This project will contribute to convergence both between disciplines, such as archaeology, anthropology, law and social policy and between strata of practice, from abstract moral theory to personal interactions in conflict zones; in so doing, it will seek to make moral theory and legal implementation adequate on the ground and archaeological practice answerable to its local and global constituencies.
Having written it out and read through it, I noted that, "still, I need to identify actual areas of research, direct questions, precise points of discussion, real-life dilemmas - and practical nd productive ways to address them (that are within the remit of the original proposal for which I was given funding!)".

At 3am on the 23rd of July 2005, I contemplated my work:

"Resolving conflicts within and between human rights... Use Gewirth's hierarchy... but still need to delineate the conflicts and determine needs..."

"Inalienability and inviolability of cultural heritage... Unjustifiability of commodification and destruction of cultural heritage..."

"Inalienability and inviolability: Bamiyan Buddhas... Ilisu Dam... Berlin Wall... Iraq Museum... Cyprus looting... Former Yugoslavia looting... Mali (et al) looting... Former Yugoslavia reconstruction (Saudi renovation and local restoration)..."

"Nuances of specific circumstances... Human cost of upholding cultural human rights... Problematise the nature and status of cultural rights and the responsibilities and duties of archaeologists towards persons and cultures..."

"Nuances and cost: ethnographic and/or oral history accounts of experiences in which cultural heritage is a key component - including trauma of loss of cultural heritage (e.g. Serb Orthodox priests' suffering during victimisation and military's insistence to protect human life but not cultural material)..."

"Cultures' rights and archaeologists' duties: Bamiyan Buddhas; Ilisu Dam; Berlin Wall; Iraq Museum; Greek and Turkish Cypriot looting; former Yugoslavia looting; desecration and destruction of 'political churches', etc.; interpretation and presentation; use Martin Coward's arguments on urbicide to challenge possibility of 'cultures' having rights, but 'cultures' not fundamentally different from 'communities' - in fact they're a specific type of 'community' - so who should ownership of and rights over 'cultural property' be conferred upon?"

I decided to finish the brainstorming later, glad that, "if nothing else, this does demonstrate that there is material [precise points of discussion, real-life dilemmas, etc.] for research to be conducted upon".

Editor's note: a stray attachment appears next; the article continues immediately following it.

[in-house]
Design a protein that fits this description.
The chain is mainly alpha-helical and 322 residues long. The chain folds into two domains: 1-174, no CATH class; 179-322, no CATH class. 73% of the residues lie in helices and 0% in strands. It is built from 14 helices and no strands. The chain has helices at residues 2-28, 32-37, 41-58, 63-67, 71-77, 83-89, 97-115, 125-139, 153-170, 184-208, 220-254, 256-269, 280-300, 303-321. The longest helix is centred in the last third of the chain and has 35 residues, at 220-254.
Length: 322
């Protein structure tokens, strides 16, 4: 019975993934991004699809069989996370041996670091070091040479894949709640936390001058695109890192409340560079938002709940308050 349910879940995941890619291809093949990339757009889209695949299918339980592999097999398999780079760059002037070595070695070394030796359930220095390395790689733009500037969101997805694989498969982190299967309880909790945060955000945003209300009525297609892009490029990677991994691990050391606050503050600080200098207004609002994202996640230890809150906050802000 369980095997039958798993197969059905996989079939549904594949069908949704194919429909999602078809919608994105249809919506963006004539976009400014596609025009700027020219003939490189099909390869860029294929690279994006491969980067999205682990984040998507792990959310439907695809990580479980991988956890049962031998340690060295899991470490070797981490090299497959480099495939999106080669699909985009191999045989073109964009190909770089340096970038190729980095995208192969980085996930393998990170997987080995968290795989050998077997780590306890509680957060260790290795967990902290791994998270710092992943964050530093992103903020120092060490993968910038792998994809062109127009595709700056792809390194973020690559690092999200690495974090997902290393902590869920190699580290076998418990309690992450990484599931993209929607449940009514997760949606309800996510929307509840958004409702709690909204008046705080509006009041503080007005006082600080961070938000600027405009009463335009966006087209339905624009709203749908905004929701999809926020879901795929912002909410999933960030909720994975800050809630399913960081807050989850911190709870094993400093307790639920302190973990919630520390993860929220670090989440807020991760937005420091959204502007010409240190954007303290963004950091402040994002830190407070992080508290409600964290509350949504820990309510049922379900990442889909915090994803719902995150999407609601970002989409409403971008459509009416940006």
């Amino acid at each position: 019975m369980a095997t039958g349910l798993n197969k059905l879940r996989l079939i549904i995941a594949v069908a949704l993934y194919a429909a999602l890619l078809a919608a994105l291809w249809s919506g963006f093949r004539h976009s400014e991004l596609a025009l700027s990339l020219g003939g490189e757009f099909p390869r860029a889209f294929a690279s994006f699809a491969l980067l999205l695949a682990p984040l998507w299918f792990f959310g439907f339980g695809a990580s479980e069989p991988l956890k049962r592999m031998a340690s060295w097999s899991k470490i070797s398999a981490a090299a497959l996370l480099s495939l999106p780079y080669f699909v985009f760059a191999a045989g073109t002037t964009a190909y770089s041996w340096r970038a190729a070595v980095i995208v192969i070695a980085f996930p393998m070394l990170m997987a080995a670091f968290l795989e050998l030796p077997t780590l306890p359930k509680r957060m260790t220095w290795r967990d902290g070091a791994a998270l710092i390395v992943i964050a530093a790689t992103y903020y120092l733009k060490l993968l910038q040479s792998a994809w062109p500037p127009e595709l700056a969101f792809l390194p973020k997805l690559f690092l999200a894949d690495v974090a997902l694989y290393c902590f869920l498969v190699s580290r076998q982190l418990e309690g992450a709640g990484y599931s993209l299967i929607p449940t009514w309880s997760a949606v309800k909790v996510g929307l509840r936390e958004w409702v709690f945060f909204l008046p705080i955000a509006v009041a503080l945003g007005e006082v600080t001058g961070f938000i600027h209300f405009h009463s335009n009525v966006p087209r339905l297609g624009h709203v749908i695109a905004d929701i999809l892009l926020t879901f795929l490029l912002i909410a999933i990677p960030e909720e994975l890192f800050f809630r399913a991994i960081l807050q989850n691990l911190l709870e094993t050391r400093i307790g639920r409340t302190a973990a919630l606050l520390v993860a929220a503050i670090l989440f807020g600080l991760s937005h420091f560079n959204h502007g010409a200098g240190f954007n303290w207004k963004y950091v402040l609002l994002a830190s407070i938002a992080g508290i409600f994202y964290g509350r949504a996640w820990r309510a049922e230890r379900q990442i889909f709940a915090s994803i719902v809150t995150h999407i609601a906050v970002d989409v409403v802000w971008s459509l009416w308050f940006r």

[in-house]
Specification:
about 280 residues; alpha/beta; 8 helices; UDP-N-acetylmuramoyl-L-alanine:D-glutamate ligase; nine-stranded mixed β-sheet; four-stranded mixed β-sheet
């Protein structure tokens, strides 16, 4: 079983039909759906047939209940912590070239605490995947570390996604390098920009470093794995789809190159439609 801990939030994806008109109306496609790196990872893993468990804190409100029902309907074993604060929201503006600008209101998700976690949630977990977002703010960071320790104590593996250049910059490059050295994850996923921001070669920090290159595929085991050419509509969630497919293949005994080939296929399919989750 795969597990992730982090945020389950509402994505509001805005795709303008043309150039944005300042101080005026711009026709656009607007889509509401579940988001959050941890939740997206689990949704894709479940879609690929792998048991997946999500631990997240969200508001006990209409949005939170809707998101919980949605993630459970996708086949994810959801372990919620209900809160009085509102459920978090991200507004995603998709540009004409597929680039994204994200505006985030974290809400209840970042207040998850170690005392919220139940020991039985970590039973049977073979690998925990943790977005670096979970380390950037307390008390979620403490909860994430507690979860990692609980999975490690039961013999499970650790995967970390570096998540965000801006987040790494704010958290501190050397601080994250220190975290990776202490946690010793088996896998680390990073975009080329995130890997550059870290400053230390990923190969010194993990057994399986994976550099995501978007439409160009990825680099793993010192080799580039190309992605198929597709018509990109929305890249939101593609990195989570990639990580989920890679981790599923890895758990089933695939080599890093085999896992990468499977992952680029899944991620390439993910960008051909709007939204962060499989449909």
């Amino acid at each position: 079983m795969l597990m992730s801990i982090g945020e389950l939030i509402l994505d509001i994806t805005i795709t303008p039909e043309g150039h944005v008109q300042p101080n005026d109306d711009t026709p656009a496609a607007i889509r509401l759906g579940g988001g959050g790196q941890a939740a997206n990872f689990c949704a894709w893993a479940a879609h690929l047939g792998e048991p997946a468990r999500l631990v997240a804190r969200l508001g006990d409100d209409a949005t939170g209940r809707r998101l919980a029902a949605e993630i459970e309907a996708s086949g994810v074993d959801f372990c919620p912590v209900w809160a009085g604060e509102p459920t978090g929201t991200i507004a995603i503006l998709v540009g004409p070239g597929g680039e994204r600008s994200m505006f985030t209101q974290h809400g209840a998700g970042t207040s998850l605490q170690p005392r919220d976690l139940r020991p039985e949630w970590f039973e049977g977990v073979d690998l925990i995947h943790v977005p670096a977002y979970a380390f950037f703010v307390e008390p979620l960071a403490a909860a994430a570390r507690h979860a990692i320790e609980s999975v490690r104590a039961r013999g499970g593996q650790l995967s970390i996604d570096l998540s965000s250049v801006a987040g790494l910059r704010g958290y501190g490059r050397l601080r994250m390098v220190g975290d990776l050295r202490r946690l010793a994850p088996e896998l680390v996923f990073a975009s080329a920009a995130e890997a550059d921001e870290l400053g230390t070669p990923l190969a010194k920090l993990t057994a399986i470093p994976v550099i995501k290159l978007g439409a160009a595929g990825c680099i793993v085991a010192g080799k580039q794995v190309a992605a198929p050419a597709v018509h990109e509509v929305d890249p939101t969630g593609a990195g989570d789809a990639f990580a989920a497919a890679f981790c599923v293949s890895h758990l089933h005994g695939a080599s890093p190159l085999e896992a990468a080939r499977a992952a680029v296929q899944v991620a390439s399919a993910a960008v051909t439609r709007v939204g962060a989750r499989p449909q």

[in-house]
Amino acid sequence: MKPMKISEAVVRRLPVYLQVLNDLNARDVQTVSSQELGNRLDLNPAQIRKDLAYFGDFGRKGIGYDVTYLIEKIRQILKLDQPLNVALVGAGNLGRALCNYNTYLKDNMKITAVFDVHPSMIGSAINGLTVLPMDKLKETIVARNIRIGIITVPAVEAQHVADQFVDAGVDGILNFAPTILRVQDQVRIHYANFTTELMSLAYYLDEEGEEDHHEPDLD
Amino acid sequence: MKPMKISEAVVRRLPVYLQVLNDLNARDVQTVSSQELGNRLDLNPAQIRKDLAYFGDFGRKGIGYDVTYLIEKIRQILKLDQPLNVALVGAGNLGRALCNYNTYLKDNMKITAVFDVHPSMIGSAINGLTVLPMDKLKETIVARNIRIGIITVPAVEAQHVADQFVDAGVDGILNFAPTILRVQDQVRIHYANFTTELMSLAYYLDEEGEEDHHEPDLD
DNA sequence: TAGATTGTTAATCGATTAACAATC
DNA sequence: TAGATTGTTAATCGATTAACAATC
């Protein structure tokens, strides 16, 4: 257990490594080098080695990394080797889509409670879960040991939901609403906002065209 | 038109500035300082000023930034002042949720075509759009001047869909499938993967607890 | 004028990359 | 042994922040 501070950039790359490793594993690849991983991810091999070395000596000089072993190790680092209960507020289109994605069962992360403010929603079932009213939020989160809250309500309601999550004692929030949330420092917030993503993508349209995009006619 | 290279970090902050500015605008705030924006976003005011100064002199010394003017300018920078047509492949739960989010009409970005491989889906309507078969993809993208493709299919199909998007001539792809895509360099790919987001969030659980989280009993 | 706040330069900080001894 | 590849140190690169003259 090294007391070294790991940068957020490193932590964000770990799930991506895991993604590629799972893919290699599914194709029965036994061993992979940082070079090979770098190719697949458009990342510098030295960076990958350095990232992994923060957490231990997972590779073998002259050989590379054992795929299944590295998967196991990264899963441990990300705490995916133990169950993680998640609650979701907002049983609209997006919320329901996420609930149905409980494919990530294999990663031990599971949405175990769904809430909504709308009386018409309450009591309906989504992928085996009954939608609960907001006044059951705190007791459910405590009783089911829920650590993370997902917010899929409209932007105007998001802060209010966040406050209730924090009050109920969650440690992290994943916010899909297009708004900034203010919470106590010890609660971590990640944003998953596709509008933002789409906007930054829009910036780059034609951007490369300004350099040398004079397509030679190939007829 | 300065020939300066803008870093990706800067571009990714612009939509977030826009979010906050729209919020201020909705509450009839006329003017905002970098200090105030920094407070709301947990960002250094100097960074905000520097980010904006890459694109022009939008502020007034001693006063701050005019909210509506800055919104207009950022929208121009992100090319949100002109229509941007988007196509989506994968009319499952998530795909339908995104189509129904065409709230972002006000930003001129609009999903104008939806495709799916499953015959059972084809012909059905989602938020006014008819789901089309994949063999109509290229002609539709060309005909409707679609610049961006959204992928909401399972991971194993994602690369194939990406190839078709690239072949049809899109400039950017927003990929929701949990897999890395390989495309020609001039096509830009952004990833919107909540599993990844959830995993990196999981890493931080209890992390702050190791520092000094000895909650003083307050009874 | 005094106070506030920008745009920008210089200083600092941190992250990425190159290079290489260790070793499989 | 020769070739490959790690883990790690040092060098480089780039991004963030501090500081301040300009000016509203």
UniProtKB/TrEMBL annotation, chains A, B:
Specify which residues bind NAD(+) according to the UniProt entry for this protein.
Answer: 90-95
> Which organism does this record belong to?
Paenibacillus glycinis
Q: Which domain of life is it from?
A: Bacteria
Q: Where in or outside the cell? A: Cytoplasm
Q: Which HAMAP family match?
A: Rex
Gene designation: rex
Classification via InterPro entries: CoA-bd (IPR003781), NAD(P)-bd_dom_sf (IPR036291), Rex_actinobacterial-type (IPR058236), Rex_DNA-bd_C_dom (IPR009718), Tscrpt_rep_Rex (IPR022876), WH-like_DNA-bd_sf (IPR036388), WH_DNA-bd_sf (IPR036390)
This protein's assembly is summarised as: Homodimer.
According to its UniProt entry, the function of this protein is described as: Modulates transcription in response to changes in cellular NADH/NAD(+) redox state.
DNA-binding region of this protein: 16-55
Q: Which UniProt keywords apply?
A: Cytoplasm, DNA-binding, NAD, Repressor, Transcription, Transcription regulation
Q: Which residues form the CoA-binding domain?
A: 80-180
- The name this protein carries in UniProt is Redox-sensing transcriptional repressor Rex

At 12.05pm on the 23rd of July 2005, I jotted down:

"Cultures' rights and archaeologists' duties: resolution of question of Orthodox Albanians' access to 'Serbian' Orthodox sites; use of that conflict to break down notion of bounded cultures or communities(?); delineation of cultural right to archaeology and its place and role in human rights hierarchy..."

The bibliography for the initial research proposal and the subsequent notes was:

Barrett, J C. 1994: Fragments from antiquity: an archaeology of social life in Britain, 2,900-1,200 B.C. Oxford: Blackwell Publishers Ltd.
Coward, M. 2002: "Community as heterogeneous ensemble: Mostar and multiculturalism". Alternatives, Volume 27, 29-66.
Coward, M. 2004: "Urbicide in Bosnia". In Graham, S, (Ed.). Cities, war and terrorism: Towards an urban geopolitics, 154-171. Oxford: Blackwell.
Donnelly, J. 1989: Universal human rights in theory and practice. Ithaca: Cornell University Press.
Gewirth, A. 1978: Reason and morality. London: the University of Chicago Press.
Hamilakis, Y. 2003: "Iraq, stewardship and the 'record': an ethical crisis for archaeology". Public Archaeology, Volume 3, 104-111.
Hardy, S A. 2003: "Objective morality in archaeological interpretation: confronting injustice in education". Paper presented at the 5th World Archaeological Congress, Washington, D.C., 21st-26th June.
O'Keefe, P J. 2000: "Archaeology and human rights". Public Archaeology, Volume 1, 181-194.
OHCHR/UNHCHR. 1990: See UNCESCR, 1990.
OHCHR/UNHCHR. 1991: See UNCESCR, 1991.
OHCHR/UNHCHR. 2000: See UNCESCR, 2000.
UN (United Nations). 1993: Vienna Declaration and Programme of Action. Geneva: Office of the United Nations High Commissioner for Human Rights. Available at:
UN (United Nations). 1999: Declaration on the Right and Responsibility of Individuals, Groups and Organs of Society to Promote and Protect Universally Recognised Human Rights and Fundamental Freedoms. Geneva: Office of the United Nations High Commissioner for Human Rights.
UNCESCR (United Nations Committee on Economic, Social and Cultural Rights). 1990: General comment 3: the nature of States Parties obligations. Geneva: Office of the United Nations High Commissioner for Human Rights. Available at:
UNCESCR (United Nations Committee on Economic, Social and Cultural Rights). 1991: General comment 4: the right to adequate housing. Geneva: Office of the United Nations High Commissioner for Human Rights. Available at:
UNCESCR (United Nations Committee on Economic, Social and Cultural Rights). 2000: General comment 14: the right to the highest attainable standard of health. Geneva: Office of the United Nations High Commissioner for Human Rights. Available at:
UNESCO. 1972: Convention for the Protection of the World Cultural and Natural Heritage. Paris: United Nations Educational, Scientific and Cultural Organisation. Available at:
UNESCO. 1998: Draft Declaration on Cultural Rights. Paris: United Nations Educational, Scientific and Cultural Organisation.
UNESCO. 2003: Declaration [Concerning] the Intentional Destruction of Cultural Heritage. Paris: United Nations Educational, Scientific and Cultural Organisation. Available at:

Formatting has been changed to make it easy to read in a blog. Some text has been written in bold to help searches. Bibliographical details have been written out in full for reference purposes.

Technorati tags: ; ; ; ; ; ; ; ; ; ; ; ; ; ; ; ; ; ; ; ; ; .

No comments:

Post a Comment